Mountain Girl has gone to ground for the last time. She was 15, stone deaf, almost totally blind in one eye, and arthritic to the point she could no longer climb the stairs. I have known for some time that her time was not long.
Mountain Girl had a wonderful and well-loved life. Whelped out of Larry and Linda Morrison's Key and sired by Beano of Ravenswood, she started work at the age of 10 months on a sette of four raccoons, and she never looked back!
Mountain Girl was in the field for 11 years and on the couch for the last three. She worked hundreds of groundhogs, as well as fox, possum, and raccoons. Having come of age under the late, great Sailor, she discovered she had to range a bit far in order to find something to earth before Sailor did. This was a habit hard to break prior to e-collars. I spent more than a few hours looking for her when she was underground and silent, with a mouth full of raccoon posterior. She would bolt a fox, kill a possum, and eventually abandon a groundhog after an hour or two, but she would stay on a raccoon until the second coming of Jesus Christ. Raccoons were her thing.
Mountain Girl and I had a lot of digs, most not too memorable (she was an efficient dog), but some worthy of mention. There was the time she entered a sette through an unsprung conibear trap that was (thankfully) rusted solid, the time she went underground under a railroad track on a raccoon and stayed there for three or four hours as 100-car trains rolled overhead. There were many times she got skunked, and the time she lost the tip of her nose, and the time she was deeply cut on her muzzle. There was the time she pulled a small raccoon clean from a pipe, and I got lightly bit by the raccoon while sorting it out. And then there was the time she broke off a canine working two very large raccoons that had somehow managed to squeeze into a dirt sette. She recovered from all, though the tip of her nose had a slant to the end of her days,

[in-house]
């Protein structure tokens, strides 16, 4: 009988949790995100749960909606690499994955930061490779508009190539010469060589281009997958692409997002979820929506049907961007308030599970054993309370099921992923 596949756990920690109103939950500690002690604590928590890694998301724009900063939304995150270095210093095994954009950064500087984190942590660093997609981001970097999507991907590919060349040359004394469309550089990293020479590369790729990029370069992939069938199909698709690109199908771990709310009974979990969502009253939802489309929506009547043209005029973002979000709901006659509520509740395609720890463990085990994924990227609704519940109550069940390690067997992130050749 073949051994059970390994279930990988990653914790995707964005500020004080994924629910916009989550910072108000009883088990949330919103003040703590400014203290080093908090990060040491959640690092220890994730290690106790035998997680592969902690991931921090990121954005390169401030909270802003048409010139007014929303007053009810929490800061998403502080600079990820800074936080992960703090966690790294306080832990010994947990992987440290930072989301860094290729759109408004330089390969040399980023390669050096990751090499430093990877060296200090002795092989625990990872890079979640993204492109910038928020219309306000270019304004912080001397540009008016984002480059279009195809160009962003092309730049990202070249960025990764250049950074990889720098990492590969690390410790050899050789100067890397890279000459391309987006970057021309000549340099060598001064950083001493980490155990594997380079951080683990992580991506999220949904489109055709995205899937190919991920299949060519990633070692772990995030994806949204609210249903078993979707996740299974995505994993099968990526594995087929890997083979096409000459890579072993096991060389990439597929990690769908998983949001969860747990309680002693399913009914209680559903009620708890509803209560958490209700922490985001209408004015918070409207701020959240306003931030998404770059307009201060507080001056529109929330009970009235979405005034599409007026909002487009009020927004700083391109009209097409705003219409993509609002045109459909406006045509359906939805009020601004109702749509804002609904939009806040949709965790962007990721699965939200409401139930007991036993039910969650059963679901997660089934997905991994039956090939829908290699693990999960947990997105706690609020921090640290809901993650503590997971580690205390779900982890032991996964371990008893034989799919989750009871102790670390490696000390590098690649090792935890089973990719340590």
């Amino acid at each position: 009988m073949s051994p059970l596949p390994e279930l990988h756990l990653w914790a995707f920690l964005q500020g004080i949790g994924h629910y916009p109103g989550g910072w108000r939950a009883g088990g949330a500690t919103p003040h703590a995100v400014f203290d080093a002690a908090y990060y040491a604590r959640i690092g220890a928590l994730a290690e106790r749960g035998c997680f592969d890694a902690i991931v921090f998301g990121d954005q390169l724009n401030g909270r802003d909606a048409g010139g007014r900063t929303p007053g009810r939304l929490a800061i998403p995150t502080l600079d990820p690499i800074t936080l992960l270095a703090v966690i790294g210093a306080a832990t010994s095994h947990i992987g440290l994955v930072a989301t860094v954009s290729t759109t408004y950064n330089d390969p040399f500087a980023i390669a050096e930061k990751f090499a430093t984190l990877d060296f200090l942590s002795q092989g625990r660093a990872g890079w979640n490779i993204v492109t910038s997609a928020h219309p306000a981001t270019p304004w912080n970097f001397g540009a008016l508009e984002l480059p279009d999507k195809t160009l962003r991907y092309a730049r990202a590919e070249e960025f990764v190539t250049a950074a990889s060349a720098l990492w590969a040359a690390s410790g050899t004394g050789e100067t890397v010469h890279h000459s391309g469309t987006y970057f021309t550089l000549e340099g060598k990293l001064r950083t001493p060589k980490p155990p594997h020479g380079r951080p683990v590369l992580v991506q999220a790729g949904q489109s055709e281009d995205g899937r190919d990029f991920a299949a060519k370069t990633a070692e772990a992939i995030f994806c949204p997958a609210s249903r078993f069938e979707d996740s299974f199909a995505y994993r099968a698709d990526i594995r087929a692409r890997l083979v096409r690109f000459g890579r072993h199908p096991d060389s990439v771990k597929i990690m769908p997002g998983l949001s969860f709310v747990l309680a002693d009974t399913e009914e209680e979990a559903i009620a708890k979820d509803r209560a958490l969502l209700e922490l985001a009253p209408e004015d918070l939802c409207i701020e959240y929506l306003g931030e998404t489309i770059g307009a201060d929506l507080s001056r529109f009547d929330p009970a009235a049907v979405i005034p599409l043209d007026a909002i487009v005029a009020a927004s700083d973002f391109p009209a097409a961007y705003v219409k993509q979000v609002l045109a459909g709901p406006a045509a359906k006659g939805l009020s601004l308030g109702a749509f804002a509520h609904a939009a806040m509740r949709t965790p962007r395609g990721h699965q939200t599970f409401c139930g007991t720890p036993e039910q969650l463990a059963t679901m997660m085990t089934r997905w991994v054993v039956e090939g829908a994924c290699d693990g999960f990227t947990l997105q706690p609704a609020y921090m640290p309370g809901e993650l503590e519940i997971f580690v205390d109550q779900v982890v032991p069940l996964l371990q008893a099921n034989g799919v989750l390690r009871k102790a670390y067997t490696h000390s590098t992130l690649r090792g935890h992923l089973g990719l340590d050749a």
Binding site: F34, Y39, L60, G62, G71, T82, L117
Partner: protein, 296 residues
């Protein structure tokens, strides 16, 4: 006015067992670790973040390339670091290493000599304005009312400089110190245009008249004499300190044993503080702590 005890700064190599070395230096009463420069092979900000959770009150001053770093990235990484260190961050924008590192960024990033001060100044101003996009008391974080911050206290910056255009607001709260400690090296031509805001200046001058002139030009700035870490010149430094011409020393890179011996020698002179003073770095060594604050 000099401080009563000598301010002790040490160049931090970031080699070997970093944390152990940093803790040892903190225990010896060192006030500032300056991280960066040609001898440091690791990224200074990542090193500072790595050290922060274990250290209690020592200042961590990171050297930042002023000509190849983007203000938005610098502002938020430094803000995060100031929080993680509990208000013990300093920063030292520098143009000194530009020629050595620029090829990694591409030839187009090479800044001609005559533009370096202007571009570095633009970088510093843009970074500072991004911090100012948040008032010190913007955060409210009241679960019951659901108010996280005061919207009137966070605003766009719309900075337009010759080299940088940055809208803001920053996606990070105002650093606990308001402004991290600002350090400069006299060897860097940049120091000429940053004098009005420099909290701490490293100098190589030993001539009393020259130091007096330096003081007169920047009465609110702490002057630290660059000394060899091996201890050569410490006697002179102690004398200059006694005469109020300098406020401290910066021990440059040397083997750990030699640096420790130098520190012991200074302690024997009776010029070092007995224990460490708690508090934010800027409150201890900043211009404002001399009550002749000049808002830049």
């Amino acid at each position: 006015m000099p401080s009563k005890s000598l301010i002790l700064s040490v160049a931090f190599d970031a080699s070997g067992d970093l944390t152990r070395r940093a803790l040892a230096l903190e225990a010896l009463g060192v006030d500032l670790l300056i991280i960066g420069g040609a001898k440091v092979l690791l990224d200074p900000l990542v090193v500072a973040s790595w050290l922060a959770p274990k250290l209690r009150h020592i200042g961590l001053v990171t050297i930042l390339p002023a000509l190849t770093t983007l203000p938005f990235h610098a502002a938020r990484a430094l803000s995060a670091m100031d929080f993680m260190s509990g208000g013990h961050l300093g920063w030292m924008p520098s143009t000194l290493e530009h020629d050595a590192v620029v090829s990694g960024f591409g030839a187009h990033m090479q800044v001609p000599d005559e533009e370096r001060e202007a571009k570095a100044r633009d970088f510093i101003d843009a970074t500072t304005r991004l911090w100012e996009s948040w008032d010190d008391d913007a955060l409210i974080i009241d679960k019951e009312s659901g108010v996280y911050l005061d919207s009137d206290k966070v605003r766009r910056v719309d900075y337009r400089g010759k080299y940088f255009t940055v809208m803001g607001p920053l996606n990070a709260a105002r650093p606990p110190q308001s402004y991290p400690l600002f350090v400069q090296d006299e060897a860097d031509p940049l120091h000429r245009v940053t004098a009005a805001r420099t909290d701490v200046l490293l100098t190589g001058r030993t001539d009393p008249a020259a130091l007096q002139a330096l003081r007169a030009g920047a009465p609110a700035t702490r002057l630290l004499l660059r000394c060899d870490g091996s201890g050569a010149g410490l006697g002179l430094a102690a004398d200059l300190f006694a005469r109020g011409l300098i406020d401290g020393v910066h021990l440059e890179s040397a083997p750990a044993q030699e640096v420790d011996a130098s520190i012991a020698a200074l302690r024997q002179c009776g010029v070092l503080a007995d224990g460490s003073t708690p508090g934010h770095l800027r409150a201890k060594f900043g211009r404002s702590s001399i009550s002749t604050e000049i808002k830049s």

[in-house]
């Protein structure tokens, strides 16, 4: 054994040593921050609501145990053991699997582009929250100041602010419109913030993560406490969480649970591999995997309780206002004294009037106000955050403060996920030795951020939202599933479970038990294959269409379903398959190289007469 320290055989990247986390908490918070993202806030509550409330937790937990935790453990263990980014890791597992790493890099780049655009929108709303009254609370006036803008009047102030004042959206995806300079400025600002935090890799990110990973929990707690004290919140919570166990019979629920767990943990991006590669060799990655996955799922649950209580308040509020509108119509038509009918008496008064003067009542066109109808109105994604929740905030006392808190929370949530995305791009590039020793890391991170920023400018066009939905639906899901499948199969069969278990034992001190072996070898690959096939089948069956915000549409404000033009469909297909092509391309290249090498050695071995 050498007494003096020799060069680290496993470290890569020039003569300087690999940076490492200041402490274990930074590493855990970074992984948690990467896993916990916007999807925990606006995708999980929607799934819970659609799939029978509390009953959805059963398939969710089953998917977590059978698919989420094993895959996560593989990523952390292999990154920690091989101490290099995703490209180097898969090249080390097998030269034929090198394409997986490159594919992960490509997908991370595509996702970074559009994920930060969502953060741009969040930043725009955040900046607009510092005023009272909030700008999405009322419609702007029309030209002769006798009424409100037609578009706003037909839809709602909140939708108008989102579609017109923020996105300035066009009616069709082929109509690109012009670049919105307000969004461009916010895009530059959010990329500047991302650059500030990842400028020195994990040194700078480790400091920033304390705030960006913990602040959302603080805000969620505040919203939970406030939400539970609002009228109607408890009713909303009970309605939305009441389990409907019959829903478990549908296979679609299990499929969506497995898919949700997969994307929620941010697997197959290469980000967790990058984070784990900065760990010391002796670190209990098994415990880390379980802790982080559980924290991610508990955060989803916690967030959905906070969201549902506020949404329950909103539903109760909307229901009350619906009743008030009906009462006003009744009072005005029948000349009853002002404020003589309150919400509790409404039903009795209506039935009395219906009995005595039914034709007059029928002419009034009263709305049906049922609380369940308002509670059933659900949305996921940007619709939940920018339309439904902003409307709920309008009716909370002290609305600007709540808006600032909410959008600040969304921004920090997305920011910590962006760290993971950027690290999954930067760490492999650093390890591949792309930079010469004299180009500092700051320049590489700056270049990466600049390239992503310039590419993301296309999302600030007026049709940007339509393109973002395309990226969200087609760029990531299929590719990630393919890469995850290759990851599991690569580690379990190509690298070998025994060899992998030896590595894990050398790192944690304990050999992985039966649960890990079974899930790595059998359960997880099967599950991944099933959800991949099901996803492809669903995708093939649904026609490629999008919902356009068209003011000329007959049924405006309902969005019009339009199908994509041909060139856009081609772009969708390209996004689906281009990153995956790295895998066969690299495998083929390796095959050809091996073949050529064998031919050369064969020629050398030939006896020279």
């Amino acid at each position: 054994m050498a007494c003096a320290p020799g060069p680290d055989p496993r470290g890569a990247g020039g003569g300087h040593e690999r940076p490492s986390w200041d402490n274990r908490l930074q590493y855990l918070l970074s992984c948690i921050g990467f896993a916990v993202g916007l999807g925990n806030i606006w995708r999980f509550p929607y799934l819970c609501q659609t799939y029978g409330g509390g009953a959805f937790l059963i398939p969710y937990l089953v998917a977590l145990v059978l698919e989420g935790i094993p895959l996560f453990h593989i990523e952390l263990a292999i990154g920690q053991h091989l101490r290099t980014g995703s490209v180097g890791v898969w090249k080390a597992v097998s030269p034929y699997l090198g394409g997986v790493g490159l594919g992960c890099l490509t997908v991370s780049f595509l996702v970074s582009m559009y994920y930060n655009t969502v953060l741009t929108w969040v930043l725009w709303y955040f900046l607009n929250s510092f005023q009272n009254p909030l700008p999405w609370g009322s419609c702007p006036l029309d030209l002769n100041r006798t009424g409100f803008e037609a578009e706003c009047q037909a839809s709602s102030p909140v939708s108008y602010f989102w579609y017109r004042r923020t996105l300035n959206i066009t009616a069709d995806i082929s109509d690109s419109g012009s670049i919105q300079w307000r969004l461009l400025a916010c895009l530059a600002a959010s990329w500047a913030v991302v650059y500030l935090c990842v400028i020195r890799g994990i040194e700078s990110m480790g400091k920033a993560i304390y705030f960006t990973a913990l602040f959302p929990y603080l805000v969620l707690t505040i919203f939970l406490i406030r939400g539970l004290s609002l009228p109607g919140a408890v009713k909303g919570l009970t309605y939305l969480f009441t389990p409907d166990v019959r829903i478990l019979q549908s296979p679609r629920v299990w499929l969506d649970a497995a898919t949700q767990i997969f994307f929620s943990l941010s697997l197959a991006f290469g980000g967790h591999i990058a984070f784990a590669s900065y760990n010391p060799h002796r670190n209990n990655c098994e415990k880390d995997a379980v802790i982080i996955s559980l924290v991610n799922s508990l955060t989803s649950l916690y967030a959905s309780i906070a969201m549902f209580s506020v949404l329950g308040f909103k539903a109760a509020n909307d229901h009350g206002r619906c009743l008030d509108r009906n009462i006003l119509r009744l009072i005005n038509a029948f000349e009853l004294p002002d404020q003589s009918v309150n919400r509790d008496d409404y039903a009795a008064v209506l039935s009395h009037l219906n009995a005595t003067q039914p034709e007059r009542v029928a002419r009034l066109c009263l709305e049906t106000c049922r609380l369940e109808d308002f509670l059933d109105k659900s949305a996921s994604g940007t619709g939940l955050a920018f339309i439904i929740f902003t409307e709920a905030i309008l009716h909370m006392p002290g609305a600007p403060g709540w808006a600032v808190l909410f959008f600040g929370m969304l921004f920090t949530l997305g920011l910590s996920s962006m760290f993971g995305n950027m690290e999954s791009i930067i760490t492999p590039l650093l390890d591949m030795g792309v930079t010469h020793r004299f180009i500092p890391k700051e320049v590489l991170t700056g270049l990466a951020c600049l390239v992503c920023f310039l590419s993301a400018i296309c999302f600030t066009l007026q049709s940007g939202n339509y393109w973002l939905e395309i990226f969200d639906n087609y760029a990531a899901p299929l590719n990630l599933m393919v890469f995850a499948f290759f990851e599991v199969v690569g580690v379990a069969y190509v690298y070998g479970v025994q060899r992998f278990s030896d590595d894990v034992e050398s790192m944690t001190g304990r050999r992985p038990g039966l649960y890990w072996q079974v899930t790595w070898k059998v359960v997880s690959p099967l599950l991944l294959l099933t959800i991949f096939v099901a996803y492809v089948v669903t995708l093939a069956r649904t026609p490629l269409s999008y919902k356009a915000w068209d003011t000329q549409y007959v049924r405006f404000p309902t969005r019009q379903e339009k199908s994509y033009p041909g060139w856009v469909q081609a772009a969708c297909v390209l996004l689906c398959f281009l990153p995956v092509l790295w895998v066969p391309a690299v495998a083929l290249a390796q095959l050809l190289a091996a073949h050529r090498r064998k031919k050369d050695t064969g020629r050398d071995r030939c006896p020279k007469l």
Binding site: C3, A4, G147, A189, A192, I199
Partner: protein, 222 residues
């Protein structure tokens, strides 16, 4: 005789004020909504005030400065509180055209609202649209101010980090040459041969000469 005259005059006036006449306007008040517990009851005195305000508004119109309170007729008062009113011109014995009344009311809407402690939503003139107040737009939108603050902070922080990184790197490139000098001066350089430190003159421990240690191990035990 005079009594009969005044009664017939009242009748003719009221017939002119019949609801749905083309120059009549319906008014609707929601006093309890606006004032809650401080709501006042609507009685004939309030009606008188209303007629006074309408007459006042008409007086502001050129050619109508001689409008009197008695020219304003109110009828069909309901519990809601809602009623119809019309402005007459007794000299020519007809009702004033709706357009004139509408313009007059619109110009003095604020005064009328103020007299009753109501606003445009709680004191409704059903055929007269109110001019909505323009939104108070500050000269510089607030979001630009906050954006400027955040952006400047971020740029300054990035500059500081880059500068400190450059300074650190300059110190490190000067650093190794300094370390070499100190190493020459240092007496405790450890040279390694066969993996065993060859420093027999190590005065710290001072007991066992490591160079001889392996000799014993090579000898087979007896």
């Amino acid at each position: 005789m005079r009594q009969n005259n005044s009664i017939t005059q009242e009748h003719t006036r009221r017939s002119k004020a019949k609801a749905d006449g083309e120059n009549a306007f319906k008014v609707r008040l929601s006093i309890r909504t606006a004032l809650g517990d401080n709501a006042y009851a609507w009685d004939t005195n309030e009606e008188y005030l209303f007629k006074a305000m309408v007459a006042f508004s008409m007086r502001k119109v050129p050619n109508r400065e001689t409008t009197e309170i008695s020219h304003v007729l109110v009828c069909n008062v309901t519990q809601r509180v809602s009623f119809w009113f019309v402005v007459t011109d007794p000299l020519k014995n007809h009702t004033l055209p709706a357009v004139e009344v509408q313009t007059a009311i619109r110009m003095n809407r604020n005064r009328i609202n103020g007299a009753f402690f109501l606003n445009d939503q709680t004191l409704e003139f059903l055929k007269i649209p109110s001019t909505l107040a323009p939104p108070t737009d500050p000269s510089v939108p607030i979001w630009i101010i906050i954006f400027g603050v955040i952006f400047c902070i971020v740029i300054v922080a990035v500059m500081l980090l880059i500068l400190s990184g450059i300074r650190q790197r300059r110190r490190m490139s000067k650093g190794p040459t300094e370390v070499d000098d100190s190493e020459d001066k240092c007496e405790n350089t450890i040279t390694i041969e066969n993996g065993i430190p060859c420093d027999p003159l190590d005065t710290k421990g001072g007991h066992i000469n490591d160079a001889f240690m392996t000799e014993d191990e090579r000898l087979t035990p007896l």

Problems were rare; Mountain simply worked a lot and a dog that works a lot always has a few things happen to her. A life outdoors actually lived is like that.
Mountain's life at home was good. She always had other dogs at the house, never saw a kennel, had a large yard with pond and squirrels to keep her entertained, and slept inside on a clean towel in a warm room every night of her life.
Mountain made it onto ABC-TV's Nightline (not many dogs can say that!), into several books, and a handful of magazine articles, and it's her face that has illustrated the Wikipedia article on Working Terriers since the beginning.
In the end, Mountain loved to sleep in her plush bed in the kitchen next to my chair. She would snore away, and every once in a while she would get up, roll on the rug, sit in the sun, get a bit of biscuit, and then curl up in her bed again. She was an old lady who, in her old age, liked her comforts and deserved them.
Mountain was the first working terrier a lot of people saw. She introduced a lot of dogs and a lot of people to field work, and she taught me a lot.
I am very sad she is gone, but very happy for the wonderful life that we had together. Goodbye my sweet dog.
|Mountain with Sailor.|